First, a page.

The only thing worse than a stranger coming into your town and taking the lives of two youthful teenage girls — and a teacher — is knowing that it was someone that was a part of the town the entire time.
There’s a naivety in familiarity. Where you become complacent to the safety you’ve been granted your entire life. Not realizing that danger has been lurking near you the entire time. As close as next door.
In the conclusion of Quibi’s When The Streetlights Go On, as weird as it sounds, we finally got some closure. It wasn’t exactly the closure I wanted — as the finale had me yearning for what could’ve been between Charlie and Becky — but knowing it would never get a chance to be.
All because of a sick serial killer masked as a happy-go-lucky dentist that was secretly plotting how to kill the two bundles of life he saw daily, in Chrissy and Becky Monroe.
Ultimately, we learned the identity of the murderer. And I was angry. Mostly because Charlie and Becky had become friends again, and my ship was getting ready to sail. Becky was smiling for the first time in a long time with Charlie, and it almost felt like a second chance at life for her.
Until that was stolen from her.
But I was also angry that it was someone that was in plain sight. If it was a stranger — like a delivery guy or something — there wouldn’t be a reason. With it being someone these girls knew well — their next-door neighbor — it was frightening beyond belief.
Knowing that this sick asshole had been plotting this — that he was able to brutally kill those girls and an educator — was disgusting. But more than that, this is the kind of series that makes you question your surroundings.
How well do you really know your neighbors? Do you really trust them? And if you said yes, are you sure?
For all intents and purposes, When The Streetlights Go On is based on a true story. It isn’t, but it is. While this isn’t based on events that happened in explicit detail like this, the scary truth is that there are plenty of stories like this one. Where sick perverts in the world feel entitled to something — whether it’s to being with someone or even to taking someone else’s life, because they can.
How many murders have there been involving the brutal killings of innocent people? Too many to count. But plenty to fill the seasons of crime shows and films.
Even as I write this review, the scary thing is that someone is being murdered. Whether by a jealous ex or an ex friend or a creepy neighbor that’s been silently lurking next door.
But it’s shows like this that remind you to always keep your head up. Even now, as times have changed. The fact that When The Streetlights Go On takes place in 1995, there’s a reason for it. Back in the day — even growing up, as I did in the ’90s — it was more trusting. Where kids, like myself, could go outside by ourselves and return home for dinner without a worry.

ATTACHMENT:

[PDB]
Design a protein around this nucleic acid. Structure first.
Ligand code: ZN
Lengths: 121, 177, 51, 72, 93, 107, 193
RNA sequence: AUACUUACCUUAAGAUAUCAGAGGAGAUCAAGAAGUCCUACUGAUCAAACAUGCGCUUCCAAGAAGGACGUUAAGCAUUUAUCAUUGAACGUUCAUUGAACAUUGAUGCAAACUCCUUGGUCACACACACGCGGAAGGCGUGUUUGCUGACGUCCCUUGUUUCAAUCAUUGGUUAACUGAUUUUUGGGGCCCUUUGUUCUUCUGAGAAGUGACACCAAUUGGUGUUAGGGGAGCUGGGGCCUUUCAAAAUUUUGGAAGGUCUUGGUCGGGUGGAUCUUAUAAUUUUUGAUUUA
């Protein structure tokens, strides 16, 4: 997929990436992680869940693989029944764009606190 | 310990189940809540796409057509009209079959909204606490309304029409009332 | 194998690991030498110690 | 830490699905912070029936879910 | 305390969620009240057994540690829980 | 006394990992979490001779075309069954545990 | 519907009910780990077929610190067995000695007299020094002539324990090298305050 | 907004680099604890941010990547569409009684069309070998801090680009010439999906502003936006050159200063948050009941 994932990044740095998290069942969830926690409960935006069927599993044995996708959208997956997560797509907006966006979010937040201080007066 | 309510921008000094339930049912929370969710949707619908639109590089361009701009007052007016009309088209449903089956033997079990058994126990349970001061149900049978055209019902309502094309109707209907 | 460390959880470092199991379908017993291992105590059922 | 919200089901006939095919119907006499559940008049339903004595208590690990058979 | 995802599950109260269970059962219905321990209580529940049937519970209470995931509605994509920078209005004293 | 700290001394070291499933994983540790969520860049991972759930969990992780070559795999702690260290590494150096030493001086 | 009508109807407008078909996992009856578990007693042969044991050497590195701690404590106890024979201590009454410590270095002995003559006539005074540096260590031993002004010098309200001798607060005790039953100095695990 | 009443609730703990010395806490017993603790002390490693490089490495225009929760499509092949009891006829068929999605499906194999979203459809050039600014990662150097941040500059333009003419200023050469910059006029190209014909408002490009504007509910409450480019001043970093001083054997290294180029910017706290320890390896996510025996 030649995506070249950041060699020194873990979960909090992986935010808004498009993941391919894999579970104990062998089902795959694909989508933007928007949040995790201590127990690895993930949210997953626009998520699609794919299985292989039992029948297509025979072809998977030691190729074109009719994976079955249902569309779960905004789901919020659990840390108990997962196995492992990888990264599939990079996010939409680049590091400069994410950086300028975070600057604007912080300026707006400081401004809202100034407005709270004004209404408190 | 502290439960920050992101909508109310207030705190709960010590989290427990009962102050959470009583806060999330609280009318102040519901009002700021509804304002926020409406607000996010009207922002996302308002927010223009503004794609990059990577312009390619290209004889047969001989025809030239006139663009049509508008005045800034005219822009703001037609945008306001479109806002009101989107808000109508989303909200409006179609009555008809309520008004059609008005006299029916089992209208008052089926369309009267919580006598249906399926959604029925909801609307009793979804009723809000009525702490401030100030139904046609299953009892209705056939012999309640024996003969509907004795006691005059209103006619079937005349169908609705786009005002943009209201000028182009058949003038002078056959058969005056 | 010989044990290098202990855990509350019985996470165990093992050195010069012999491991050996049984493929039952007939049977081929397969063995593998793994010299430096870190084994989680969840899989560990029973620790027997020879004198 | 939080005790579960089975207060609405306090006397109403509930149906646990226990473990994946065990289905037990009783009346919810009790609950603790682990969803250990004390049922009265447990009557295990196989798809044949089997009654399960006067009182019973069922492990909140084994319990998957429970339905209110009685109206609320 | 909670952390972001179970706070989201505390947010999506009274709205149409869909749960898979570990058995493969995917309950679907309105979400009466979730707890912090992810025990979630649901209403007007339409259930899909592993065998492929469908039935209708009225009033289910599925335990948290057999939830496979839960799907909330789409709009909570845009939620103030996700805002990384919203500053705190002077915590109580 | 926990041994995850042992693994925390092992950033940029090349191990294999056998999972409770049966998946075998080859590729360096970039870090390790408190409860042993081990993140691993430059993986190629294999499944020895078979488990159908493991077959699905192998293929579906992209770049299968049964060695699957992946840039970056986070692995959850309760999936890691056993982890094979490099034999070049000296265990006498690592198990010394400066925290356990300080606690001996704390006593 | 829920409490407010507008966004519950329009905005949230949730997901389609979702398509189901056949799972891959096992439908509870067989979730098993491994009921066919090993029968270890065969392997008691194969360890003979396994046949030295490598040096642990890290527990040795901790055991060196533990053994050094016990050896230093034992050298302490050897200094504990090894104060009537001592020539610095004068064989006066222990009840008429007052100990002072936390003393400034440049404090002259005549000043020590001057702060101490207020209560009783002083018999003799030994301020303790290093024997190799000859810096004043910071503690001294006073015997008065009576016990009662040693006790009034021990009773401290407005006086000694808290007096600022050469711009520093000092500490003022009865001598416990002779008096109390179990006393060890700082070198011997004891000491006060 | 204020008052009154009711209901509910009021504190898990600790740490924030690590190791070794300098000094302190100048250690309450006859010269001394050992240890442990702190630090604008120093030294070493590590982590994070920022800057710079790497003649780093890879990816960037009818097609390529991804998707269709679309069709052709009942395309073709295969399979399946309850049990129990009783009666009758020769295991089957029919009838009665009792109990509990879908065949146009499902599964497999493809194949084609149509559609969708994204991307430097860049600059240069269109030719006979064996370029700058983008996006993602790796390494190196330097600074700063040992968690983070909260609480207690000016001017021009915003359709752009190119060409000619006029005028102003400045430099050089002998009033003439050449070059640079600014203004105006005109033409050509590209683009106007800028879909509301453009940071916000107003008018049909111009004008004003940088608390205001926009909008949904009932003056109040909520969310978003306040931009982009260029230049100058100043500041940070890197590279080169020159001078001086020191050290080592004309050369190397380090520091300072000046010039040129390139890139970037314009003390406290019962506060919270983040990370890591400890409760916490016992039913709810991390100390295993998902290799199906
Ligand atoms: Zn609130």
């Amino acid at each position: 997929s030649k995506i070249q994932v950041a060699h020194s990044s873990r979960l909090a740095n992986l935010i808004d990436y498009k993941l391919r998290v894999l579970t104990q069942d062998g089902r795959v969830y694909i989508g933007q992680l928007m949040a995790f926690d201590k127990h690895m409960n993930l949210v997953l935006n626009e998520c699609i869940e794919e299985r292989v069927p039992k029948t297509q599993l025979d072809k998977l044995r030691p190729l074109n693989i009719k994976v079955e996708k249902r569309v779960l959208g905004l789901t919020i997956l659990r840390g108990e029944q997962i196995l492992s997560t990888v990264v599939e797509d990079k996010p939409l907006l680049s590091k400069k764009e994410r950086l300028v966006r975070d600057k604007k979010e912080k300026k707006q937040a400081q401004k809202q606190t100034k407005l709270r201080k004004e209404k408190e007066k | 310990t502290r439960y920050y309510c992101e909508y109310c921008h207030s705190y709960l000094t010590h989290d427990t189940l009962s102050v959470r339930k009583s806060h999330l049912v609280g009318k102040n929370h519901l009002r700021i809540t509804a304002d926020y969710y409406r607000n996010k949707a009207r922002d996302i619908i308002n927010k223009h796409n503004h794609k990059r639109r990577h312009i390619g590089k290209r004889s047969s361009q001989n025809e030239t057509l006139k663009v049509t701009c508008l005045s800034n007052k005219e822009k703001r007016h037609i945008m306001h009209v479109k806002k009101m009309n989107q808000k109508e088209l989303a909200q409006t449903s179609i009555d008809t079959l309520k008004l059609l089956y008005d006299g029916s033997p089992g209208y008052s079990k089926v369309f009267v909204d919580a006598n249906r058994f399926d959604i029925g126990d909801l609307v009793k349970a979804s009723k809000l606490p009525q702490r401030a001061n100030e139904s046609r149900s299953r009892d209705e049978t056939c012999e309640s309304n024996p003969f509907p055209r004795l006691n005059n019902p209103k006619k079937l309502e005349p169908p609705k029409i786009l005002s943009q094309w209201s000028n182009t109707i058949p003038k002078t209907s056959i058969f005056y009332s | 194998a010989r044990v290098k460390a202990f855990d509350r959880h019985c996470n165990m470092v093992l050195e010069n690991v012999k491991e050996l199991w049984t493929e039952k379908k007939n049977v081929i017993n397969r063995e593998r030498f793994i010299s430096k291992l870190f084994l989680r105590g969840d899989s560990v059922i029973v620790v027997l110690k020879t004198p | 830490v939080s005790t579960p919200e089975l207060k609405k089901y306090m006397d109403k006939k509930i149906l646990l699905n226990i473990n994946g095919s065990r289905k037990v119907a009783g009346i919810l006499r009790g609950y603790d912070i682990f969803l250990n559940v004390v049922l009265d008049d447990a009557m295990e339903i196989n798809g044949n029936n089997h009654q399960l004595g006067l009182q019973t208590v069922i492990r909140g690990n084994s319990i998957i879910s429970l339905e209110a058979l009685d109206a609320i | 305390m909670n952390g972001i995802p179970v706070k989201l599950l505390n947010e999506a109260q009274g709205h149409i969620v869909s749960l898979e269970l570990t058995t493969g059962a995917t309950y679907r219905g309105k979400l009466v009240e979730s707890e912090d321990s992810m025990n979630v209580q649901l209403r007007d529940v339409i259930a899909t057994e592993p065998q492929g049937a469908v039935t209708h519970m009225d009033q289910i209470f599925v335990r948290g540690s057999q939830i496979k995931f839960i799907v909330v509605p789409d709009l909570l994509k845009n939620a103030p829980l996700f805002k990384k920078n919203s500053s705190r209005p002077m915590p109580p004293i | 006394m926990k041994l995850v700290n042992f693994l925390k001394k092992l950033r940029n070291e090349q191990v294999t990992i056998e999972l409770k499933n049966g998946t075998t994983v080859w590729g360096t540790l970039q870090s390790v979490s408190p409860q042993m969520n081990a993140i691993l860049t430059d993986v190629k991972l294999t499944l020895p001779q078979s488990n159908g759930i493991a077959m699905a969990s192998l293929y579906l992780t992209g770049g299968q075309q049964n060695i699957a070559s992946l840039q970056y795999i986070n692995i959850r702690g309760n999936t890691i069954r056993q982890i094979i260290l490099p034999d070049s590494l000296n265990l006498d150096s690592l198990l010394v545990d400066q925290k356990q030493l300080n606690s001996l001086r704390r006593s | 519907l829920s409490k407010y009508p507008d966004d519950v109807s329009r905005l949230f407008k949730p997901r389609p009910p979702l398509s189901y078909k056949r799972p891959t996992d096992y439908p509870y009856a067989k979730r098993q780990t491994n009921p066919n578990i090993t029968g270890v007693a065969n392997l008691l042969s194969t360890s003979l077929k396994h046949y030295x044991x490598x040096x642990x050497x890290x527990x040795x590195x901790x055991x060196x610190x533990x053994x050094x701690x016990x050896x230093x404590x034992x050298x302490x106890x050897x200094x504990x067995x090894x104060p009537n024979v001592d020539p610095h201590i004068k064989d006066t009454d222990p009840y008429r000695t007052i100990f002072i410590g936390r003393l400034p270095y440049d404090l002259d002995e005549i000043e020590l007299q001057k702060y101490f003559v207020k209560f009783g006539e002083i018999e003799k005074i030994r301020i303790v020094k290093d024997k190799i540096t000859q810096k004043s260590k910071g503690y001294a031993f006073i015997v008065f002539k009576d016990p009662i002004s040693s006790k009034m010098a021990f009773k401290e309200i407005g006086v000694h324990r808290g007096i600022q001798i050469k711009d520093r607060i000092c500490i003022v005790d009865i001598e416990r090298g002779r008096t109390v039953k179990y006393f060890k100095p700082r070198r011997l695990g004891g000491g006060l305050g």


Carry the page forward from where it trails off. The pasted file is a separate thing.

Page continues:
Thankfully, society has gotten smarter since then. Back then, there were killings in small towns that some people would brush off. Basically, “that kind of thing would never happen here.”
But that’s the thing, that small town where those murders happened, they were saying the same thing before it did. Just like the town of Colfax had.
As Charlie reflected on that summer of 1995, we understood why — even after 20 years — it’s stuck with him. When he learned that Becky was murdered, he lost his innocence. He realized that, even in a small town, no one is safe. But he also lost someone that he loved — and a future that he’d just seen laid out perfectly in front of him.
When Charlie returns to Colfax 20 years later for his reunion, the memories are fresh. That kind of thing stays with him. Even if that wasn’t the case for the rest of Colfax. After Becky’s murder, the Monroes left town, and a new family moved in. Colfax eventually forgot about the Monroe sisters, as if they were fading from the town’s memory. As if two brutal murders hadn’t happened right under their noses.
But, as it does, life goes on. Even if you’re the one directly affected, you have to find a way to move on. But for the rest of the town, they weren’t directly impacted, so it was easier for them.
While life does go on, the past isn’t forgotten. So when Charlie returned to Colfax, those memories came back as if they’d happened yesterday.
We end on an adult Charlie going on a run through the familiar Colfax streets, and he says that a piece of himself still haunts those streets. He can’t forget what happened that summer of 1995, no matter how hard he tries to.
But when the streetlights go on in Colfax, those ghosts roam the street, a reminder that even the smallest of small towns isn’t safe from those sickos in the world.
You can catch all episodes of When The Streetlights Go On on Quibi.